When we reached the summit and saw miles of rolling hills and mountains below in dappled shades of color, we were glad we hadn't missed this. I have been visiting Merck Forest since childhood, and don't remember ever seeing as far as we could on this day with its clear cold atmosphere.  In addition, we were plenty warm, and Linda said that her foot held up fine. 

(view from the summit of Mount Antone at Merck Forest)

My Tuesday trips of 35 miles, to see my parents, give me a chance to watch the progress of fall color as it spread throughout the Capital Region.  Huge swaths of trees along the Northway glowed in red and gold by the 10th of October. Peak foliage was now close to home.

Sunday's forecast was for a high of 60 degrees and sunny. Bill was ready for a fall outing. We debated where we should get doughnuts.  Should we head east and try the new Cider Belly shop, highly advertised, in downtown Albany, and then continue on to Grafton for a walk around the lake?  Or go southwest, stopping at Indian Ladder Farms for doughnuts and hike a few trails at Thacher Park?  Despite all the good press, I was skeptical of Cider Belly and figured Indian Ladder was a sure bet for good cider doughnuts.  We decided to go southwest.

(Albany County from High Point at Thacher Park)

Indian Ladder Farms has the best cider doughnuts in the area (barring my home made ones!).  Half of the Capital District appeared to agree; the place was mobbed.  We wove our way through the crowd. However, the farm's well-orchestrated and friendly staff made the process of getting doughnuts and cider easy.  Outside, we found a picnic table and had no trouble demolishing our purchase!

Fortified for a walk, we drove up to Thacher Park.  Lots of families were here too, but the park has plenty of room for everyone, and, anyway, I like to see people enjoying the outdoors on a beautiful day.  We continued through the main park area to Thacher North.  Only a couple of cars were in the parking lot.  Scuffling in the leaves and smelling the fall aromas, we hiked the Fred Schroeder Trail to High Point Cliff, making a pleasant three-mile loop.

Again the atmosphere was crystal clear, the view gorgeous, and the colors a mix of bright oranges, yellows and reds with dark green for contrast.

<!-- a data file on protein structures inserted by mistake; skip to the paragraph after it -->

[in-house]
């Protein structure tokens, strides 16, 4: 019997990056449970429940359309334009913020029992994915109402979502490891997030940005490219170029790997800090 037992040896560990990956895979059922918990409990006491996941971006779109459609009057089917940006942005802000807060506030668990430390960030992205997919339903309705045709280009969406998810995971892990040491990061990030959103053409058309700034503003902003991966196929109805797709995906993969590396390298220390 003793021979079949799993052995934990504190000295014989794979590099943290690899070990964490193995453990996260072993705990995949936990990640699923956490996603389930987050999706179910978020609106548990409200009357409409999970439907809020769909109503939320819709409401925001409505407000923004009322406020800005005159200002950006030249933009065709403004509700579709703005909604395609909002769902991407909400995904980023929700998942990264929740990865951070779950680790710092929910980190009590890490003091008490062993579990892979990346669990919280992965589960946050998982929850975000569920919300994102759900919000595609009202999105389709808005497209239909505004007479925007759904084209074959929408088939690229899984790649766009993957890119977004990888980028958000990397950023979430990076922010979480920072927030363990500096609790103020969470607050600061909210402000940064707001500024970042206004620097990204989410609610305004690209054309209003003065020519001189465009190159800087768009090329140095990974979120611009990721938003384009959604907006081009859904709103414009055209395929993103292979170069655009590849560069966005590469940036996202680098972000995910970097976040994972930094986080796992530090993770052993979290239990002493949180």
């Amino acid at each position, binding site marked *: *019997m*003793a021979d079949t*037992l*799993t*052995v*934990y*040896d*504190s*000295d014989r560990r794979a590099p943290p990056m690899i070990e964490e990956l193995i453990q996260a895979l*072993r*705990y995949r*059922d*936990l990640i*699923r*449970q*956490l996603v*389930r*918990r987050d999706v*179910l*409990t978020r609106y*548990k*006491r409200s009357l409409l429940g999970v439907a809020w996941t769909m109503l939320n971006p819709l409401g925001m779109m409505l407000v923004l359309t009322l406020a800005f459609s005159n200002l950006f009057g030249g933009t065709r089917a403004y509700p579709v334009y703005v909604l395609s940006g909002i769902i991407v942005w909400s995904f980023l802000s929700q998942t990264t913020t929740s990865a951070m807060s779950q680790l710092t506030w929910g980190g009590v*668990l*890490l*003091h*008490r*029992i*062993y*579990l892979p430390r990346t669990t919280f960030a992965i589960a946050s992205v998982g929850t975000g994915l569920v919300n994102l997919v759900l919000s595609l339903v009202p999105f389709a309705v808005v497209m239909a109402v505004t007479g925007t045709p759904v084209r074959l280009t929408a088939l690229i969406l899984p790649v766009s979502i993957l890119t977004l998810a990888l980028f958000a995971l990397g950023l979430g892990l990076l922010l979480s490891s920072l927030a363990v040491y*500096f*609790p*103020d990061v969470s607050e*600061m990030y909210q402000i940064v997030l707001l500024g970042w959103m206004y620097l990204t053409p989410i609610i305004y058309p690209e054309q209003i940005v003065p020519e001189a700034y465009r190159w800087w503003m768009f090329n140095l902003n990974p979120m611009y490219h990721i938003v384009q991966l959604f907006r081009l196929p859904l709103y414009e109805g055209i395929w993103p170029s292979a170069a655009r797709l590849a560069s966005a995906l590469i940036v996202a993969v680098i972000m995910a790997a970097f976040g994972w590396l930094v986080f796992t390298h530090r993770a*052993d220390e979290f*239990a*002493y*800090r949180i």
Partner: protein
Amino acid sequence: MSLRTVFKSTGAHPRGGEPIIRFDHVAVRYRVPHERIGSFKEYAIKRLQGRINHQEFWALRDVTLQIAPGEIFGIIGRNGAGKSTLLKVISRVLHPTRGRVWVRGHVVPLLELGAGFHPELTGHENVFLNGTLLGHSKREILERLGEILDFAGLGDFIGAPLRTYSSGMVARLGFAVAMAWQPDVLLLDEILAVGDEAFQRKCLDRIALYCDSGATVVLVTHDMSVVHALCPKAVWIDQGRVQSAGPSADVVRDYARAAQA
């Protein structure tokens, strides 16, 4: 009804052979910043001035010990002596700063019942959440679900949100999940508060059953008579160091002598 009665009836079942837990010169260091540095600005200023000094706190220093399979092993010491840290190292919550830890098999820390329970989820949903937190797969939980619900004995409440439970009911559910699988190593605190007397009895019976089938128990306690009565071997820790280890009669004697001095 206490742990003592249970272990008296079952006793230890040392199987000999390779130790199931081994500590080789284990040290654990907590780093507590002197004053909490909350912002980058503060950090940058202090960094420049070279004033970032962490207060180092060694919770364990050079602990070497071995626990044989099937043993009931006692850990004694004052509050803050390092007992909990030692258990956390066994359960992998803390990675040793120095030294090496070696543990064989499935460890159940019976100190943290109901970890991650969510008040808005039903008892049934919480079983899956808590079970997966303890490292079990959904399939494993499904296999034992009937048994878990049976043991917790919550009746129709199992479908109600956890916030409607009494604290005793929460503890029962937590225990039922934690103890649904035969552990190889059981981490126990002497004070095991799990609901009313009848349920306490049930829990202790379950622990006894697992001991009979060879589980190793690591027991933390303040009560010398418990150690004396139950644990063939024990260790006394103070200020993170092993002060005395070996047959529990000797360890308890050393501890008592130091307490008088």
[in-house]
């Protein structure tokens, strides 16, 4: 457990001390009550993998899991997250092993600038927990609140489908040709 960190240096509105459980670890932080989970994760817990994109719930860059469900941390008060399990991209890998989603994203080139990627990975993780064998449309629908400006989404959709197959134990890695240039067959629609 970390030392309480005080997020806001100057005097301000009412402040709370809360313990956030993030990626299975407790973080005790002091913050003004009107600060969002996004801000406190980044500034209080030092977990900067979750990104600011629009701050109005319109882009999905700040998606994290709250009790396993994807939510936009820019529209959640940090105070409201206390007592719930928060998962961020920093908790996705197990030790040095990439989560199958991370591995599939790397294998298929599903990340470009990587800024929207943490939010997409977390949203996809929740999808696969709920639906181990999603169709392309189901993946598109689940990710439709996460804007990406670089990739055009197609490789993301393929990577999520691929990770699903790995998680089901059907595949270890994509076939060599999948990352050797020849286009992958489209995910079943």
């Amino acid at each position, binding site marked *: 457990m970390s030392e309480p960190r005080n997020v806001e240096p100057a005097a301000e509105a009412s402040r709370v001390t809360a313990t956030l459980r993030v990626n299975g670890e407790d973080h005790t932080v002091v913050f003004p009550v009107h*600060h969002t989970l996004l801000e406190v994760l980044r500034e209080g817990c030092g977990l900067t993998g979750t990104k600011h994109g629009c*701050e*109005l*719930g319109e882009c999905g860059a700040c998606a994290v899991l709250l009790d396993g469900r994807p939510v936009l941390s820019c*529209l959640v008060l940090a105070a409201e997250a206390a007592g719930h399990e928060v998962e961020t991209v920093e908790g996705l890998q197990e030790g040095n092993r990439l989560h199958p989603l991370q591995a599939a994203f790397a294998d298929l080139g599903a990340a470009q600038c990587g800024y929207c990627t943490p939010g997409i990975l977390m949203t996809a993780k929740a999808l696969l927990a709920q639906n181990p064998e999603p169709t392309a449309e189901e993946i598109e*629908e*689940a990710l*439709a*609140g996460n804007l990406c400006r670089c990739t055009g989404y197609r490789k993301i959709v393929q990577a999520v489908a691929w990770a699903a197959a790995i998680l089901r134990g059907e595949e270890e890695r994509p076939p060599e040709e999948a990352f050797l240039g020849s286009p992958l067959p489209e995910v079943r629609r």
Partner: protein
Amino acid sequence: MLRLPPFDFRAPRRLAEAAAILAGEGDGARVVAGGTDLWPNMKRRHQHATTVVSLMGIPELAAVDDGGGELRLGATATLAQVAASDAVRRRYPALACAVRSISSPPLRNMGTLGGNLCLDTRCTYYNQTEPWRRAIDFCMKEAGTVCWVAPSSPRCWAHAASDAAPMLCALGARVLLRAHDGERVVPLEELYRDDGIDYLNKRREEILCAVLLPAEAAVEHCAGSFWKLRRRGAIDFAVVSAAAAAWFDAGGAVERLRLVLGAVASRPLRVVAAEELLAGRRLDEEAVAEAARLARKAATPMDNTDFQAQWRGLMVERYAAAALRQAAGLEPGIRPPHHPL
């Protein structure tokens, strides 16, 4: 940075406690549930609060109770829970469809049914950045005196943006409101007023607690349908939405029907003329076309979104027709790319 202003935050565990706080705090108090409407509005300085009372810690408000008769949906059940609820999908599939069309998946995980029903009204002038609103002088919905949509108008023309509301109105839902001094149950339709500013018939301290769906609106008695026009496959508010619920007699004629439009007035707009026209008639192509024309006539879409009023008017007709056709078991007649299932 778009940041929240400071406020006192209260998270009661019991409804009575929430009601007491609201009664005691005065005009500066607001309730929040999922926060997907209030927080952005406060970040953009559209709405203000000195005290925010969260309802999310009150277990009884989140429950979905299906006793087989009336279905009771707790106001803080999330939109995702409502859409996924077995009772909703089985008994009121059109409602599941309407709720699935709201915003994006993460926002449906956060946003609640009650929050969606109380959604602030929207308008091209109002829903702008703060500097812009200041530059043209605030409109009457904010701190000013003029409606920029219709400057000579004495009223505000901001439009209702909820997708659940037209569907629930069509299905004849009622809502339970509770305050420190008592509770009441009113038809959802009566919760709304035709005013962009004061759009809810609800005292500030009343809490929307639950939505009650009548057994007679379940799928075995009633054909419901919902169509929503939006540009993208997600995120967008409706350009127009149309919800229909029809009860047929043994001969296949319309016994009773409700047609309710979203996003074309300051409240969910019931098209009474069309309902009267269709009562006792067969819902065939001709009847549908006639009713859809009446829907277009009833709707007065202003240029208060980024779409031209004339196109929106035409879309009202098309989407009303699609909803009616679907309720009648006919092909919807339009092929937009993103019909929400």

(Bill walks through a path of gold at Thacher North)

With peak color blazing in the Capital Region, Karen suggested that we take a final paddle for the season and go to nearby Kayaderosseras Creek. We called long time outings leader and friend, Charlie, to guide us, help us spot cars, and to add his pleasant company to our trip.  Charlie had been on the Kayaderosseras in all seasons over many years, and was familiar with every part of the calm gently-flowing creek. Besides the Kayaderosseras itself, we added a side trip to Lake Lonely, and eventually paddled into the exciting swells of Saratoga Lake, ending at the entrance to Fish Creek where one of the cars was parked.

As we parted to drive home, Karen and Charlie were already brainstorming adventures for next year.  It is never too soon to think ahead!

(Virginia paddling on the stream leading to Lake Lonely)

Now, in mid-October, I can see oranges and reds from my back porch, and throughout my neighborhood.  Fall foliage is going by in the north country, but I am stunned by the brilliant color right here at home. I'm still saying "Look at the tree over there!  Isn't it gorgeous?"  My head will be swiveling for another week or so, and I'll continue talking about this year's beautiful fall for a couple of weeks after that.

One of these days, I'll go for a neighborhood walk and pick up some leaves to iron between waxed paper.  The pressed leaves will hang in the kitchen window well into November as a reminder of October's glory. After that, I'll be ready to move into the next season, as winter brings a new beauty.

(it's a beautiful day in the neighborhood)